The set up Satou had requested was basically the exact opposite; an all-rounder that could do a little bit of everything. It had a sword in one hand and an energy pistol in the other, a solid setup for short to mid ranged fights, without having to worry about planning attacks in advance. The armour was durable but not too thick, and it had several smaller thrusters positioned in key locations. Defence wise, it could stop a couple hits and avoid a few also. On one hand, it could be said that the loadout was suited to every situation. On the other hand, it could be said that the pilot hadn’t committed himself to anything.
With the rigs finished and delivered to the arena, Jeff could finally get back to work… doing the same thing for more sets of school models in the lead up to the start of practical lessons. At some time just before the start of the school’s lunch period, he received a call from one of the teaching staff. It seemed that she was the home room teacher for the two idiots that picked a fight on the first day, and wanted to organise for some members of the maintenance department to oversee the fight. Normally, Jeff would have sent Sam along to something so tedious sounding, for the sake of her education of course, but it was one of the days she was at her university instead.
Knowing that it was easier to just get the tedious tasks that pilots set over and done with, Jeff agreed to do it personally. If one of the senior mechanist was there, then only one person needed to stop working. So it only made sense in terms of meeting their deadlines. With someone else from the department taking over his work, Jeff made his way over to the arena ready to treat the fight as a short nap between tasks.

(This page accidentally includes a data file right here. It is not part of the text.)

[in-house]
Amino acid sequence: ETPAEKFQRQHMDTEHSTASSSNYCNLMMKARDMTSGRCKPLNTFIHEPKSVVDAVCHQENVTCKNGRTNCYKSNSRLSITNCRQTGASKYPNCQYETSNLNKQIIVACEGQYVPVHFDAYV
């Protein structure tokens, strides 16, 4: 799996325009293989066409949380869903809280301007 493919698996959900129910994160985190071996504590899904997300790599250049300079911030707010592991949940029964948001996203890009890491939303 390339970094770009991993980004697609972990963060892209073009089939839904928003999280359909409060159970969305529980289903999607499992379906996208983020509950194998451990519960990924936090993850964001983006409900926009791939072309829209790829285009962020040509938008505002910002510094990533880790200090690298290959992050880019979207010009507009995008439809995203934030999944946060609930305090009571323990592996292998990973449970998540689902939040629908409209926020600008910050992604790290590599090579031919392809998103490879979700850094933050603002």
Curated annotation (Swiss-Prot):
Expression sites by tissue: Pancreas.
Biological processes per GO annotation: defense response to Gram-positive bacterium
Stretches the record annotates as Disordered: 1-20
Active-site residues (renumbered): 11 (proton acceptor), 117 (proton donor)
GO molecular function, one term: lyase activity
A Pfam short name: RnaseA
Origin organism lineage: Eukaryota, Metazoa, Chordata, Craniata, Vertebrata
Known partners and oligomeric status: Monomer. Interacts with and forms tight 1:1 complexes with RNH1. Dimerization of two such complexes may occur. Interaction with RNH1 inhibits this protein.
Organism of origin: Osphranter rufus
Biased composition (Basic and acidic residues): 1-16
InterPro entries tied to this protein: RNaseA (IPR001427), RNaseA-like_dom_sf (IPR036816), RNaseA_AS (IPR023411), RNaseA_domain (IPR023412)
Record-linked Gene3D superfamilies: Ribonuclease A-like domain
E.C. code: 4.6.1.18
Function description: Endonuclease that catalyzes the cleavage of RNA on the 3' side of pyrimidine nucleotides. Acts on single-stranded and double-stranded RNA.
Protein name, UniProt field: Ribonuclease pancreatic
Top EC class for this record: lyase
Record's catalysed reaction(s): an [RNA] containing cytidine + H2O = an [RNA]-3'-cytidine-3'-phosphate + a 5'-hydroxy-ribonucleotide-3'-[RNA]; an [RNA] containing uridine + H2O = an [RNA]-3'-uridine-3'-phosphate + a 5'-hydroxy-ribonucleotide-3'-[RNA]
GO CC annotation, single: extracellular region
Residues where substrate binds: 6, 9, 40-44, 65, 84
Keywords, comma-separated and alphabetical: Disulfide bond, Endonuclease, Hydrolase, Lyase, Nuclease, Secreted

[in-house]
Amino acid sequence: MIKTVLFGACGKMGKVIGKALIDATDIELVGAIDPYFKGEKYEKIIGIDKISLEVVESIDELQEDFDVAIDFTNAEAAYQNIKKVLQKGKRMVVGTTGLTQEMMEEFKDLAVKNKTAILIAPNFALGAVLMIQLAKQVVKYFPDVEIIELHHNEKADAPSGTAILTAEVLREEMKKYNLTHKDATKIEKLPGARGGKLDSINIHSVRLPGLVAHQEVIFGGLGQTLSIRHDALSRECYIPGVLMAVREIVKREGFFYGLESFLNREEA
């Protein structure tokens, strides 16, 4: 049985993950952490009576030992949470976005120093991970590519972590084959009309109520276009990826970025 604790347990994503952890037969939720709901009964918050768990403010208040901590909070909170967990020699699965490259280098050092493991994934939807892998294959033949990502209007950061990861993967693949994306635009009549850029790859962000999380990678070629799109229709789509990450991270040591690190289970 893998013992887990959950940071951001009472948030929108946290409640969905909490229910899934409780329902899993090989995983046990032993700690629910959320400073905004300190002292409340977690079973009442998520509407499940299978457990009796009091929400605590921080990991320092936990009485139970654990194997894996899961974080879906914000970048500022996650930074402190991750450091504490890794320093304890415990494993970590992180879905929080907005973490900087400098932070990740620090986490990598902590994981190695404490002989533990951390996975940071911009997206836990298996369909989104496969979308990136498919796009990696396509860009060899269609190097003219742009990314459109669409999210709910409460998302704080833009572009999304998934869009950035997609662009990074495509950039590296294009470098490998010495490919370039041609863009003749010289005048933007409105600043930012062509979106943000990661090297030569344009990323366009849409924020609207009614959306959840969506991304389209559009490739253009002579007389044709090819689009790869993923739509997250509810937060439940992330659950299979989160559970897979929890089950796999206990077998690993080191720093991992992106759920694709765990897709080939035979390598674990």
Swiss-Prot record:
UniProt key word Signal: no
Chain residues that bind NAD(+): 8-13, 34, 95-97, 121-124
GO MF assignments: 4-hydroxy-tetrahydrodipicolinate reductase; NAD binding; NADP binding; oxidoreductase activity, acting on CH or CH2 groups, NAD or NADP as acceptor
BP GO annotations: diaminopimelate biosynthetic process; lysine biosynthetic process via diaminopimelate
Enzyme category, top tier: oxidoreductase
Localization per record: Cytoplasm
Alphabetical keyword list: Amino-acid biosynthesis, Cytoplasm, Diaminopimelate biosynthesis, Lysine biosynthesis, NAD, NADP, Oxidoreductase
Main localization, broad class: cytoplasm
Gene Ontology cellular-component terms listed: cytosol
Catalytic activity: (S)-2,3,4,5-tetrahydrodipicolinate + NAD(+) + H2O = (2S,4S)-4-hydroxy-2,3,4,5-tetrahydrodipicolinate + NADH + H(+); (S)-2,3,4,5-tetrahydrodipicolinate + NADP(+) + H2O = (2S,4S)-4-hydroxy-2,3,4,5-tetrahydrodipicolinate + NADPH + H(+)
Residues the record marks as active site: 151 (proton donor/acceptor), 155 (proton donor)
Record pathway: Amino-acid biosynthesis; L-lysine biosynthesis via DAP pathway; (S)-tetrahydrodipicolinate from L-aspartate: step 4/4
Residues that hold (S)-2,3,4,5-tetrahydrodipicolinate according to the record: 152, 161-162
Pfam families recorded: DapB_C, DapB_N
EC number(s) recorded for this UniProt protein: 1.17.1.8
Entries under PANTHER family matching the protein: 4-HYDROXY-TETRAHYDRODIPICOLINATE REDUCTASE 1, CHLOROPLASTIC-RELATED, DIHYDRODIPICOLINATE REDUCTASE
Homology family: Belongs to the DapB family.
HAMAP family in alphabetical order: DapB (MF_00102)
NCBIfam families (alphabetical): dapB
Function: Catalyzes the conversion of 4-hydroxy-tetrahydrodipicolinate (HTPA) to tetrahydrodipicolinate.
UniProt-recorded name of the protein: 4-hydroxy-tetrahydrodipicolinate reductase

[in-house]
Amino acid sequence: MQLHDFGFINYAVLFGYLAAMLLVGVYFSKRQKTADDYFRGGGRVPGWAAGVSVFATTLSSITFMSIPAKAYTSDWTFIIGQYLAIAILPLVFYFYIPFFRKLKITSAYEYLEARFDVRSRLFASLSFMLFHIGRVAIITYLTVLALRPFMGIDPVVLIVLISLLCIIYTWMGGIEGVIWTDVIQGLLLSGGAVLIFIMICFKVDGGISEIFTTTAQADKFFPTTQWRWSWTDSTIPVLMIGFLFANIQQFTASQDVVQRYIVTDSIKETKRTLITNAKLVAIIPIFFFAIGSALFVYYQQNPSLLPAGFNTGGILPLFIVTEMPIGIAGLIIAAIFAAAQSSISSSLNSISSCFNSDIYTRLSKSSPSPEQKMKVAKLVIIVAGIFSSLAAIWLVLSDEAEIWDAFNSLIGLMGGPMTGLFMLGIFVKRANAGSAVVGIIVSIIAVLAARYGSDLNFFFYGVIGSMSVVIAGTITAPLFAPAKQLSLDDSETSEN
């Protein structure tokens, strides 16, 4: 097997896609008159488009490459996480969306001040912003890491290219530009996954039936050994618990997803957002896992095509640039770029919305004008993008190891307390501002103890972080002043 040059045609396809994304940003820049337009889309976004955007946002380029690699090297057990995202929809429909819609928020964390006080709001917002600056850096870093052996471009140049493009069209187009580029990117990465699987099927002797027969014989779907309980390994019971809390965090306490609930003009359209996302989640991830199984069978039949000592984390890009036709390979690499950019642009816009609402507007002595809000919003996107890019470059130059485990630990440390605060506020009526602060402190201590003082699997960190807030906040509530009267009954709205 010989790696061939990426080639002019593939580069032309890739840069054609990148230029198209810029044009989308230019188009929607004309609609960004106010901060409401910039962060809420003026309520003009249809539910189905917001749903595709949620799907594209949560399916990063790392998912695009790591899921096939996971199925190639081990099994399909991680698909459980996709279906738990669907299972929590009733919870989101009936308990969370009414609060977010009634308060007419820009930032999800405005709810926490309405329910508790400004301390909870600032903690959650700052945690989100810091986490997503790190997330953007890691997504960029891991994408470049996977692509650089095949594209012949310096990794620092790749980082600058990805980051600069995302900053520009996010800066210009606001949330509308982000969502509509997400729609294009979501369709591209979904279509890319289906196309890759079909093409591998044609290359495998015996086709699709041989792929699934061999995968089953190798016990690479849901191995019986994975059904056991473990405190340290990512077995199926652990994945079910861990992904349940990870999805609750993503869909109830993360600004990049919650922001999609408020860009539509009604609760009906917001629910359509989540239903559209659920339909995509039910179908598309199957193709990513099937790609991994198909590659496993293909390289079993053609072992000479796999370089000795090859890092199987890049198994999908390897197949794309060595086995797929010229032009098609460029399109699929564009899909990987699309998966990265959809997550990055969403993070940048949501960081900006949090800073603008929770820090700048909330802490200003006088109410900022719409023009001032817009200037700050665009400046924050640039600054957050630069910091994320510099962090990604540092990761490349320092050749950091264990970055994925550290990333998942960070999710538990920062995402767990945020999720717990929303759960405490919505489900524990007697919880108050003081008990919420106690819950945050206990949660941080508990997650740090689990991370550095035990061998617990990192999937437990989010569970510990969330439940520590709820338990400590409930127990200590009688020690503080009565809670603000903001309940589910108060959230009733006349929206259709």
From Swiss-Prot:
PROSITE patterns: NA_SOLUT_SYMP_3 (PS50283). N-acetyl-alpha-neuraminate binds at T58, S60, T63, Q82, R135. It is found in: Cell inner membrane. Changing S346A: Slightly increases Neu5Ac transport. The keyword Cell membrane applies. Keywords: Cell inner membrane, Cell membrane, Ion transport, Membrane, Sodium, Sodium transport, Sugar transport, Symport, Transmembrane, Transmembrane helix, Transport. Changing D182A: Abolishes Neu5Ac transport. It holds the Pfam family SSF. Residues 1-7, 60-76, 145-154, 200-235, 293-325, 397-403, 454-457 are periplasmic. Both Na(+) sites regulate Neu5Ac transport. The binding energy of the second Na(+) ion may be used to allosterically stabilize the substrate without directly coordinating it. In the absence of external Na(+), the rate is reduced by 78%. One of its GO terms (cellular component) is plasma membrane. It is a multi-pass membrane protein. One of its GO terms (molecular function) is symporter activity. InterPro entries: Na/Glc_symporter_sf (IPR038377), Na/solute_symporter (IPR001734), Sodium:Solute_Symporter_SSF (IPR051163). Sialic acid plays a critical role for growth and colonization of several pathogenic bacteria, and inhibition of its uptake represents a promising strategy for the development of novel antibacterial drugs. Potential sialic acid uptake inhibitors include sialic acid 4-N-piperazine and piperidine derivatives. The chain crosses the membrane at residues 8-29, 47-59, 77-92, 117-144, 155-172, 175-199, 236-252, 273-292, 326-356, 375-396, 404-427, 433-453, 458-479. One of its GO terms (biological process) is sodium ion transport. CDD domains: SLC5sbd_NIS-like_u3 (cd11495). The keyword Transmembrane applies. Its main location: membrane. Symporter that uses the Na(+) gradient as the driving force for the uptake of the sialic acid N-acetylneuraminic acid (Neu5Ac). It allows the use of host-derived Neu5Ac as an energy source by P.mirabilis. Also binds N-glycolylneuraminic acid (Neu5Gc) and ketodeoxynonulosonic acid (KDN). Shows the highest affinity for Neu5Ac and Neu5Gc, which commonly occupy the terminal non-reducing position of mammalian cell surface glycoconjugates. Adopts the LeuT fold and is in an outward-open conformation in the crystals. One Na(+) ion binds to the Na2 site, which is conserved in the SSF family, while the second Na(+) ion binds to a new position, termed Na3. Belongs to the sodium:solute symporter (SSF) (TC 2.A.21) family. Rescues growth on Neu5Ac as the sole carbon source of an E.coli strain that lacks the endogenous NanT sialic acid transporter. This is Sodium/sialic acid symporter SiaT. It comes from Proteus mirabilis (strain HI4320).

When he arrived at the arena control room, a room that look similar to an airport traffic control tower as it looked over the field. Seeing no one else around, he booted the main computer and set to work, making sure all of the monitoring equipment was functioning. Given that the arena’s core had to maintain the protective field at the same time as powering the Satou’s rig, its power would be distributed at a 3:2 ratio. As such, Jenna’s rig would be required to operate at 40% max output, and going beyond that would cause her loss if the fight ended in either a draw or time ran out. Since they had agreed to a single 5 minute round, time out was entirely a possibility, and the fact that Jenna not only agreed to, but proposed that rule, showed how completely confident she was in her victory.
A couple minutes before the event was set to start, the teacher that called finally showed up. She was a pilot that retired early when an opponent’s blade managed to get through her rig’s shield and score a direct hit to her leg. While the injury was mostly healed, to the extent that she wouldn’t notice it in her daily life, the cut was contaminated with formless rig particles, that couldn’t be removed. If she were to come into contact with a core, its energy would likely activate those particles, causing them to expand and slow her bloodflow. Since that problem wouldn’t occur with a school model, if she ever wanted to fly again, teaching was her only option.